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On July 8, 1994, about 1016 eastern daylight time, a Piper PA-32-260, N3610W, registered to Michael S. Turner, was ditched in the Gulf of Mexico about 14 statute miles north-northwest of the Key West International Airport, Key West, Florida, while on a 14 CFR Part 91 personal flight. Visual meteorological conditions prevailed at the time and an IFR flight plan was filed. The airplane has not been recovered and is presumed to be destroyed. The commercial-rated pilot and two passengers sustained serious injuries. One passenger was fatally injured. The flight originated from the Pine Shadows Airpark, Fort Myers, Florida, about 0915.
The pilot stated that after departure he obtained his IFR clearance and climbed to 5,000 feet mean sea level (msl) but he elected to descend to 2,000 feet and canceled his IFR clearance when the flight was north of Marco Island. Flight following was obtained with ATC and he elected to descend to 1,500 feet continuing to Key West.
At 1003.36, the pilot contacted the Navy Key West Approach Controller and advised the controller of the distance away which according to the certified recording, was unreadable. The controller advised the pilot that runway 9 was the active, to which the pilot acknowledged. The controller then advised the pilot to descend at his discretion and to report when the field is in sight. Additionally, at 1010.18, the crew of a Coast Guard Falcon 20 "charlie" model (2141) airplane contacted the same controller and advised that the flight was 27 miles east, training, transitioning west. At 1014.40, the pilot of N3610W advised the controller that the Key West Airport was in sight to which the controller advised the pilot to contact the Key West ATC tower. At 1015.12, the pilot advised the Key West Approach controller "I've got a rough running engine here." The pilot later stated that the flight was 11.7 nautical miles on the 360- degree radial from the Key West Vortac going down. Attempts to restore the engine power were unsuccessful. The controller marked his scope of the last radar return which was when the airplane was at 100 feet and on the 005-degree radial and 10.6 nautical miles from the Key West Vortac.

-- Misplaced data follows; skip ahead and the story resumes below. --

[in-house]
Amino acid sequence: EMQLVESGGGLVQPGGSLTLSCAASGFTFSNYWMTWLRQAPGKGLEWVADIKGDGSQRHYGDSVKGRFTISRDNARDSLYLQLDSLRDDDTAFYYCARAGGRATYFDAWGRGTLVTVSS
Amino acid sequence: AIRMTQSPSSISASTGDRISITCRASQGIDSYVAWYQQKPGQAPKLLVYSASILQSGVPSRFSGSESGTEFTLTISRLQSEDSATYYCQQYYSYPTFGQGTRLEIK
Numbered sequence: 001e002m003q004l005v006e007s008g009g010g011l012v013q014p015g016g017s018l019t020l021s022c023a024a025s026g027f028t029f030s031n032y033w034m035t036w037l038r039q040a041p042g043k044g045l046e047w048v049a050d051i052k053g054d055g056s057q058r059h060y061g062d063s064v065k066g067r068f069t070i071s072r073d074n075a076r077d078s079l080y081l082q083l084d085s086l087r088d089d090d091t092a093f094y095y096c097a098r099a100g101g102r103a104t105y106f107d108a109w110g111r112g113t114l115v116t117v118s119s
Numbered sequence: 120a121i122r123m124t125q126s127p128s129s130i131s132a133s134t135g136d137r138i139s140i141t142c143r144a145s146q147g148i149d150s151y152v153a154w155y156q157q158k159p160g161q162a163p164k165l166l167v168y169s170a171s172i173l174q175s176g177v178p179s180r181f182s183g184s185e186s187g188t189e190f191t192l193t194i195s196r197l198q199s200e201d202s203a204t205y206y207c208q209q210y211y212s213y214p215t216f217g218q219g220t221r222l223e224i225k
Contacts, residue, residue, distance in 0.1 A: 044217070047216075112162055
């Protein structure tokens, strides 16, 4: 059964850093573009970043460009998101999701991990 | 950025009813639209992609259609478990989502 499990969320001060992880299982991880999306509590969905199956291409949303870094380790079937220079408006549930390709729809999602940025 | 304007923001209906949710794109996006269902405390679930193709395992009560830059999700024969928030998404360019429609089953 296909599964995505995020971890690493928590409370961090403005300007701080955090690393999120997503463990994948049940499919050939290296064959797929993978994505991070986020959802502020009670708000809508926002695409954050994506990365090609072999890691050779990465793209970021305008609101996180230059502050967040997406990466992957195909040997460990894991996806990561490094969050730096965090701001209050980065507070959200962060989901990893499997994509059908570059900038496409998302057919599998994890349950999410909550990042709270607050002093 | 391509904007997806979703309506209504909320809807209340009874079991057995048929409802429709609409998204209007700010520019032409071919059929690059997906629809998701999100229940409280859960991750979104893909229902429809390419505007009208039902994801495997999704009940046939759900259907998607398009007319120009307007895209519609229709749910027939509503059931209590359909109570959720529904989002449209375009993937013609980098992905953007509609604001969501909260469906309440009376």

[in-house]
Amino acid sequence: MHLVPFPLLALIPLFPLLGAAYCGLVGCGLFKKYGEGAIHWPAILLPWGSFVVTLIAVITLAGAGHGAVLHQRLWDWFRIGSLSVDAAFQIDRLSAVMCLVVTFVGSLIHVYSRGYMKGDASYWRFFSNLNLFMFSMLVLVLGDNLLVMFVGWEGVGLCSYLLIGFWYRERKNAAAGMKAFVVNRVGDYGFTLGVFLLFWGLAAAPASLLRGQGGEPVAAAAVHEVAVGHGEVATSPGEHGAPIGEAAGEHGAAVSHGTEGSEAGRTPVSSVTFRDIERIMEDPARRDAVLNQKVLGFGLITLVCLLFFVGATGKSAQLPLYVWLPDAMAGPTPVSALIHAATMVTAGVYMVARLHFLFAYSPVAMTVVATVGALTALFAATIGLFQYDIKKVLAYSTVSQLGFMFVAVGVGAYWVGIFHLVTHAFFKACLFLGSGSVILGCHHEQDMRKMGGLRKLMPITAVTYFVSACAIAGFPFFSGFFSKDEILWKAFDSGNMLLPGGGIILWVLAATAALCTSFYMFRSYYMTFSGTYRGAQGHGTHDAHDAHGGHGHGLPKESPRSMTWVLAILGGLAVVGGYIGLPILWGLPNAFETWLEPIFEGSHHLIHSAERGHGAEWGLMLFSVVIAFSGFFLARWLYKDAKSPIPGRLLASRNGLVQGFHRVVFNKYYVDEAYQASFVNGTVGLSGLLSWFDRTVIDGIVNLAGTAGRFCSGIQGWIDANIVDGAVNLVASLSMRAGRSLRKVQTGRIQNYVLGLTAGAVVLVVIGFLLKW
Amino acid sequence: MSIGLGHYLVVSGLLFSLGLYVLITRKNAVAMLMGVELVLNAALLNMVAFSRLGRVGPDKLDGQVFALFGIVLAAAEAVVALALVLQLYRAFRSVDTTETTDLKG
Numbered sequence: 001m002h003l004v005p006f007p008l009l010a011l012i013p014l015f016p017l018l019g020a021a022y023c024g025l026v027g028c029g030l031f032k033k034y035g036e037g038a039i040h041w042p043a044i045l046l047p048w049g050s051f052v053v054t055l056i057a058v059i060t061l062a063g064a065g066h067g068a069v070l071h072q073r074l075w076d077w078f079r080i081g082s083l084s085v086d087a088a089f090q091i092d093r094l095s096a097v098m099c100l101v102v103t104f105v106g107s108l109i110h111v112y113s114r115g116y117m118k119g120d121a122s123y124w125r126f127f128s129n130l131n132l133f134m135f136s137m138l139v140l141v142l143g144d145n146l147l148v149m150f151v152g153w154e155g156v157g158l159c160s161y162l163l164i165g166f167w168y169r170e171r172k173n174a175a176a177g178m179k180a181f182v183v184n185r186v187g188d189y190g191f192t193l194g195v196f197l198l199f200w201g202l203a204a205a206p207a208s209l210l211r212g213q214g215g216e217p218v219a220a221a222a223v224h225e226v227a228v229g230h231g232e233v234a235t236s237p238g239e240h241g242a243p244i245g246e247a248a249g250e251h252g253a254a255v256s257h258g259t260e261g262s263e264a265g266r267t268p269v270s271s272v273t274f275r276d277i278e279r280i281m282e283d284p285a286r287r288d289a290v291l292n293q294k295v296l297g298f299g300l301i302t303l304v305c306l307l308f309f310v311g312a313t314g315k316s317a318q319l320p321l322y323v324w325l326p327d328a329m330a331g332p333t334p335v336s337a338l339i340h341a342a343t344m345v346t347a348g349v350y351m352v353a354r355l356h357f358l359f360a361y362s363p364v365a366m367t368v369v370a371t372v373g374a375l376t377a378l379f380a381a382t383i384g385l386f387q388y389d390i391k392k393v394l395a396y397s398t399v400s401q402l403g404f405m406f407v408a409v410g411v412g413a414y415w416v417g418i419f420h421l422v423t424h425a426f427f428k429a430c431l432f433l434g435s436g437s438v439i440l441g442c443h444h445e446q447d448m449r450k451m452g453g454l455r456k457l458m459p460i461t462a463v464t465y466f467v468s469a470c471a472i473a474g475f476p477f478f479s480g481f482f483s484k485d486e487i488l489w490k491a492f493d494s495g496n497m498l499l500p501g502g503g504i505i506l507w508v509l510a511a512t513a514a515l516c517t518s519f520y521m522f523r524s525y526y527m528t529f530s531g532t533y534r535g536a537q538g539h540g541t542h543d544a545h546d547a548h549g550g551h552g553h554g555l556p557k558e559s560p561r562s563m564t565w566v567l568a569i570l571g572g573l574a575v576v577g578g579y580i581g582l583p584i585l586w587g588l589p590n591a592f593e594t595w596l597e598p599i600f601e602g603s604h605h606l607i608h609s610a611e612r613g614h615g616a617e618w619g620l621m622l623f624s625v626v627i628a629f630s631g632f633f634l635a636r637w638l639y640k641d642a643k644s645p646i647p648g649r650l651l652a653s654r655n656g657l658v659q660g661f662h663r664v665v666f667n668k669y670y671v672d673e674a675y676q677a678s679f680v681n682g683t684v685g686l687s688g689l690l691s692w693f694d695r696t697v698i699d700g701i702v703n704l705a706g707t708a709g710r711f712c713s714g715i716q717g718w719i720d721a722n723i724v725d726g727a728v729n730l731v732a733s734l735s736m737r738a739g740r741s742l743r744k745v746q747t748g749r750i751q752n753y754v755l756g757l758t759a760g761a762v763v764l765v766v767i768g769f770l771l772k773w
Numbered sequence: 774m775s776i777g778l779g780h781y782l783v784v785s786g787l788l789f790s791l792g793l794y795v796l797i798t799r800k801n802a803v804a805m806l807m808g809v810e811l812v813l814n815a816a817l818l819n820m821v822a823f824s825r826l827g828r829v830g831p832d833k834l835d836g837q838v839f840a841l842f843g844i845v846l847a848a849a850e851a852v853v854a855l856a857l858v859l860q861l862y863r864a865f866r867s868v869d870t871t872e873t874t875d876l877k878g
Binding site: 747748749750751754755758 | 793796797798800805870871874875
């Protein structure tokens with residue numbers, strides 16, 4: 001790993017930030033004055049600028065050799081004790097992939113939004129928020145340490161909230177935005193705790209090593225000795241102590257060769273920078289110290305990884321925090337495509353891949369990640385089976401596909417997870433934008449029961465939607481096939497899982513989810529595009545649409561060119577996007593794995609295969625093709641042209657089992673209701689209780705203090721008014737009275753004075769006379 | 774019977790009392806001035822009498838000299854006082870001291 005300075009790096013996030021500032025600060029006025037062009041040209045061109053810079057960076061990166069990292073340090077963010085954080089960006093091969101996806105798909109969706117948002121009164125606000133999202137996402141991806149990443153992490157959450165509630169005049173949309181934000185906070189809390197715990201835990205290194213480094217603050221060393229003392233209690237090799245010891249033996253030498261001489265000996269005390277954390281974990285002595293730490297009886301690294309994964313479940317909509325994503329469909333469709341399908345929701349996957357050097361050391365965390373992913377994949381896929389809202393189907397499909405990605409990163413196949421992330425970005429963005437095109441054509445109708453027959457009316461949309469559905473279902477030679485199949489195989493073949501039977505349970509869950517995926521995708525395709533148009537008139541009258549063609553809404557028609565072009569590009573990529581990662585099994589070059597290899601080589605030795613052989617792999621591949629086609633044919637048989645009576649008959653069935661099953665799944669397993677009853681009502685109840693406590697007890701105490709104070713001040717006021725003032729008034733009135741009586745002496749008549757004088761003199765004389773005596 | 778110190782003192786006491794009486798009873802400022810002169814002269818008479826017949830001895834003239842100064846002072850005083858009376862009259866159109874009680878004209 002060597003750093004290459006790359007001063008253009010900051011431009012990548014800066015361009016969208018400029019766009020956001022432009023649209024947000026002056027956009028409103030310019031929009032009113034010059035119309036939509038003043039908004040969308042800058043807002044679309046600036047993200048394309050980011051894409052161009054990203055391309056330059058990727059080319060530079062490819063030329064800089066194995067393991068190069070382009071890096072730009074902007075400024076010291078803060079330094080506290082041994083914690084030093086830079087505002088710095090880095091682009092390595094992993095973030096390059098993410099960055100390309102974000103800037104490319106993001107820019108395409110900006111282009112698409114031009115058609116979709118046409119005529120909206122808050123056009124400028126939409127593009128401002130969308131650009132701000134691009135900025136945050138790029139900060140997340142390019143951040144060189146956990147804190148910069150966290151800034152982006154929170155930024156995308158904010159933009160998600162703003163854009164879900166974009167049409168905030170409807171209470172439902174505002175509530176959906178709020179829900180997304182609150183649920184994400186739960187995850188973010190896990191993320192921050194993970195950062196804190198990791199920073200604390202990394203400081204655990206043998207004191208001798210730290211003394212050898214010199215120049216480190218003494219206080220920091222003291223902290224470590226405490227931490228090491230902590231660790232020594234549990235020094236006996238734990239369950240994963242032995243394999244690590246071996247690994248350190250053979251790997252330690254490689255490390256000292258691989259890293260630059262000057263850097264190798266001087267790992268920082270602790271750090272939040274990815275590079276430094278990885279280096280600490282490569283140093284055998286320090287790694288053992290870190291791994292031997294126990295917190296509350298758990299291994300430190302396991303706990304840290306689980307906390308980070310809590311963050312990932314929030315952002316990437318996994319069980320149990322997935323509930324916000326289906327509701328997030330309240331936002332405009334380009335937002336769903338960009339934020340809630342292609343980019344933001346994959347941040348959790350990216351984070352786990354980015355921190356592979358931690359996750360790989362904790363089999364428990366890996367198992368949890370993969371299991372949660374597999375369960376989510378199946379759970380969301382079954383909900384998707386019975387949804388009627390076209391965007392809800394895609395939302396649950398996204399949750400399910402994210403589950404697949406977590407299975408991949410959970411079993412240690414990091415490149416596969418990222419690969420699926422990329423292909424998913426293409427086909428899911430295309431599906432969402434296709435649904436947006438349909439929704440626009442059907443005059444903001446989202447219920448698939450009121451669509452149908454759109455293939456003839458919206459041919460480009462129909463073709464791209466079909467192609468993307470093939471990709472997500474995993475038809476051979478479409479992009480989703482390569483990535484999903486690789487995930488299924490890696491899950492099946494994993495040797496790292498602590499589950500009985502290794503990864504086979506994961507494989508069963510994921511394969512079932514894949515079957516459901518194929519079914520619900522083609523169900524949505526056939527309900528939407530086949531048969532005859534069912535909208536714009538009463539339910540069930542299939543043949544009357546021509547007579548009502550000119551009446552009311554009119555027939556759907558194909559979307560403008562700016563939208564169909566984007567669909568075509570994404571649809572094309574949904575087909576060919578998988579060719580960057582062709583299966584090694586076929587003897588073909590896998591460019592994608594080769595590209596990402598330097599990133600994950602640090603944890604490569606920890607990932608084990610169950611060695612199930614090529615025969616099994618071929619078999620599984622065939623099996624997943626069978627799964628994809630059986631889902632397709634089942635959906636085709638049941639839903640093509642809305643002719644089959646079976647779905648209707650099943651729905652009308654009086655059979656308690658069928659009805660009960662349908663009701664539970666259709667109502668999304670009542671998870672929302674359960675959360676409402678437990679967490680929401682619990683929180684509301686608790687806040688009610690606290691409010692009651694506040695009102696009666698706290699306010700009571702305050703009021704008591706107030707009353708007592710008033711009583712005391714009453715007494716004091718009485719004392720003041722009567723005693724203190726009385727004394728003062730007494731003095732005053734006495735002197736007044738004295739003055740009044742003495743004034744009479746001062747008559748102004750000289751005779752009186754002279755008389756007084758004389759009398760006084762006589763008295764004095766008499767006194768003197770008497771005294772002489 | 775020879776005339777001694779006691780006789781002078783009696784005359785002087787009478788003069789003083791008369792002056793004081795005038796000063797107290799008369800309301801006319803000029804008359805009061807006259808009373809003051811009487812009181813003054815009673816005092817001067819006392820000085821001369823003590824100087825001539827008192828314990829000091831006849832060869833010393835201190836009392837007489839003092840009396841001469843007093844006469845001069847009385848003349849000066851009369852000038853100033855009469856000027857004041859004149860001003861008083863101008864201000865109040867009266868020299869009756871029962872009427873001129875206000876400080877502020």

The crew of the Coast Guard Falcon hearing the transmissions about the imminent ditching, advised the controller that they would proceed to that location and the controller provided the crew with a heading to fly. At 1019.49, the crew of the Falcon advised the controller that two of the occupants are in sight. At about 1022, the Key West Naval Air Station Search and Rescue (SAR) crew on duty was called. At about 1022.45 the controller asked the Falcon crew if there were any boats in the area to which the crew responded negative. At about 1025.17, the Falcon crew advised the controller that four people were in the water, three were assisting the fourth, there was no flotation equipment and no obvious injuries. At about 1028.09, the Falcon crew advised the Key West Approach controller that there was a boat about 10 miles away. The approach controller advised the crew that the SAR helicopter should be airborne momentarily. At 1029.05, the controller asked the Falcon crew if they could drop flotation equipment to the people to which the crew responded "negative, were not drop capable." At about 1030, the approval was granted to launch the Navy SAR helicopter. At about 1034.25, the controller asked the Falcon crew if the survivors were still afloat to which the crew stated they were trying to relocate them after they went to look for a boat. The controller then provided the Falcon crew with a suggested heading to fly direct to the last known position of the ditched airplane. At about 1040.35, the crew of the Falcon advised the approach controller that they would reenter the search. At about 1046.50, the crew of the Navy SAR helicopter made initial contact with the approach controller and at 1048.50, the Navy SAR helicopter crew contacted the Falcon crew. At 1054, a Florida Marine Patrol (FMP) boat located at the FMP Summerland Key facility was dispatched to assist in the search and rescue for the downed occupants. At about 1054.50, the crew of the Falcon advised the crew of the Navy helicopter that the people were in sight. The Navy crew arrived at the reported location and reported that the sightings were birds in the water. At about 1104, a Coast Guard boat was also on scene involved in the search and rescue.